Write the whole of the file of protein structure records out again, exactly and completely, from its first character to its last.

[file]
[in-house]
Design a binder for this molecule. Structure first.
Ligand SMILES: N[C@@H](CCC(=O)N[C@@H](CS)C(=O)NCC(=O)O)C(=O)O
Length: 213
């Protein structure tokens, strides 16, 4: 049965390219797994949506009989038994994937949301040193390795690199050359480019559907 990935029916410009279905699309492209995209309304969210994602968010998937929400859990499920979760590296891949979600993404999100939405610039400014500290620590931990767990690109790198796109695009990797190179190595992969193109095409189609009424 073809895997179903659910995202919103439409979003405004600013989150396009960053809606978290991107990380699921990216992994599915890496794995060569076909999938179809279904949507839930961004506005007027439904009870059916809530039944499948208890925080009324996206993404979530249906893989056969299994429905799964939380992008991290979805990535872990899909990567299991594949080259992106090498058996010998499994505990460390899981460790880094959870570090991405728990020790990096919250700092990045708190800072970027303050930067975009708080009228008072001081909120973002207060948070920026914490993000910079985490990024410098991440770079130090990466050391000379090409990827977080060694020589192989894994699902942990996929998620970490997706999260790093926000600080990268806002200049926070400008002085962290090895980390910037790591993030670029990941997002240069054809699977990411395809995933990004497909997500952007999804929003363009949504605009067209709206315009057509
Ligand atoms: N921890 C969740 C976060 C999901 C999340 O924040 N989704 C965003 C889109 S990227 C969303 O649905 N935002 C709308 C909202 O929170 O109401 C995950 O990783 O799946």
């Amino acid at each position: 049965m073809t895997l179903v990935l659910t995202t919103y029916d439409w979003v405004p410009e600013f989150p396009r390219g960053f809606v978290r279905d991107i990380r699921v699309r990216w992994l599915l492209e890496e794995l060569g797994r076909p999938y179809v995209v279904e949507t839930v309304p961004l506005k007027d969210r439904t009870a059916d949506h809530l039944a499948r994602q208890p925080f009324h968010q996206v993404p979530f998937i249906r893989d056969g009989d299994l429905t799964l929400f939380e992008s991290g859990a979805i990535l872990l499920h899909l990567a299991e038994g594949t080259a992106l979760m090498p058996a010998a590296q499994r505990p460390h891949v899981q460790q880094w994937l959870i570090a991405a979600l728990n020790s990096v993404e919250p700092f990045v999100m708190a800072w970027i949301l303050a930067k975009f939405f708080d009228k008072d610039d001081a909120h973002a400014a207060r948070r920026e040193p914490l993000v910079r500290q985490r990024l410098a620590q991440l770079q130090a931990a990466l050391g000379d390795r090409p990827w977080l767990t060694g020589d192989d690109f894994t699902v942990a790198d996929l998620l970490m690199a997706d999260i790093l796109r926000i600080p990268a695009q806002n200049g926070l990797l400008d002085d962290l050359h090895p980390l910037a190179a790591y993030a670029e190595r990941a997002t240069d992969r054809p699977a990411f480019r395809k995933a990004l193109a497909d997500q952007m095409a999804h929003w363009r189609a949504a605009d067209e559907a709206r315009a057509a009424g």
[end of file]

[in-house]
Design a binder for this molecule. Structure first.
Ligand SMILES: N[C@@H](CCC(=O)N[C@@H](CS)C(=O)NCC(=O)O)C(=O)O
Length: 213
């Protein structure tokens, strides 16, 4: 049965390219797994949506009989038994994937949301040193390795690199050359480019559907 990935029916410009279905699309492209995209309304969210994602968010998937929400859990499920979760590296891949979600993404999100939405610039400014500290620590931990767990690109790198796109695009990797190179190595992969193109095409189609009424 073809895997179903659910995202919103439409979003405004600013989150396009960053809606978290991107990380699921990216992994599915890496794995060569076909999938179809279904949507839930961004506005007027439904009870059916809530039944499948208890925080009324996206993404979530249906893989056969299994429905799964939380992008991290979805990535872990899909990567299991594949080259992106090498058996010998499994505990460390899981460790880094959870570090991405728990020790990096919250700092990045708190800072970027303050930067975009708080009228008072001081909120973002207060948070920026914490993000910079985490990024410098991440770079130090990466050391000379090409990827977080060694020589192989894994699902942990996929998620970490997706999260790093926000600080990268806002200049926070400008002085962290090895980390910037790591993030670029990941997002240069054809699977990411395809995933990004497909997500952007999804929003363009949504605009067209709206315009057509
Ligand atoms: N921890 C969740 C976060 C999901 C999340 O924040 N989704 C965003 C889109 S990227 C969303 O649905 N935002 C709308 C909202 O929170 O109401 C995950 O990783 O799946």
């Amino acid at each position: 049965m073809t895997l179903v990935l659910t995202t919103y029916d439409w979003v405004p410009e600013f989150p396009r390219g960053f809606v978290r279905d991107i990380r699921v699309r990216w992994l599915l492209e890496e794995l060569g797994r076909p999938y179809v995209v279904e949507t839930v309304p961004l506005k007027d969210r439904t009870a059916d949506h809530l039944a499948r994602q208890p925080f009324h968010q996206v993404p979530f998937i249906r893989d056969g009989d299994l429905t799964l929400f939380e992008s991290g859990a979805i990535l872990l499920h899909l990567a299991e038994g594949t080259a992106l979760m090498p058996a010998a590296q499994r505990p460390h891949v899981q460790q880094w994937l959870i570090a991405a979600l728990n020790s990096v993404e919250p700092f990045v999100m708190a800072w970027i949301l303050a930067k975009f939405f708080d009228k008072d610039d001081a909120h973002a400014a207060r948070r920026e040193p914490l993000v910079r500290q985490r990024l410098a620590q991440l770079q130090a931990a990466l050391g000379d390795r090409p990827w977080l767990t060694g020589d192989d690109f894994t699902v942990a790198d996929l998620l970490m690199a997706d999260i790093l796109r926000i600080p990268a695009q806002n200049g926070l990797l400008d002085d962290l050359h090895p980390l910037a190179a790591y993030a670029e190595r990941a997002t240069d992969r054809p699977a990411f480019r395809k995933a990004l193109a497909d997500q952007m095409a999804h929003w363009r189609a949504a605009d067209e559907a709206r315009a057509a009424g």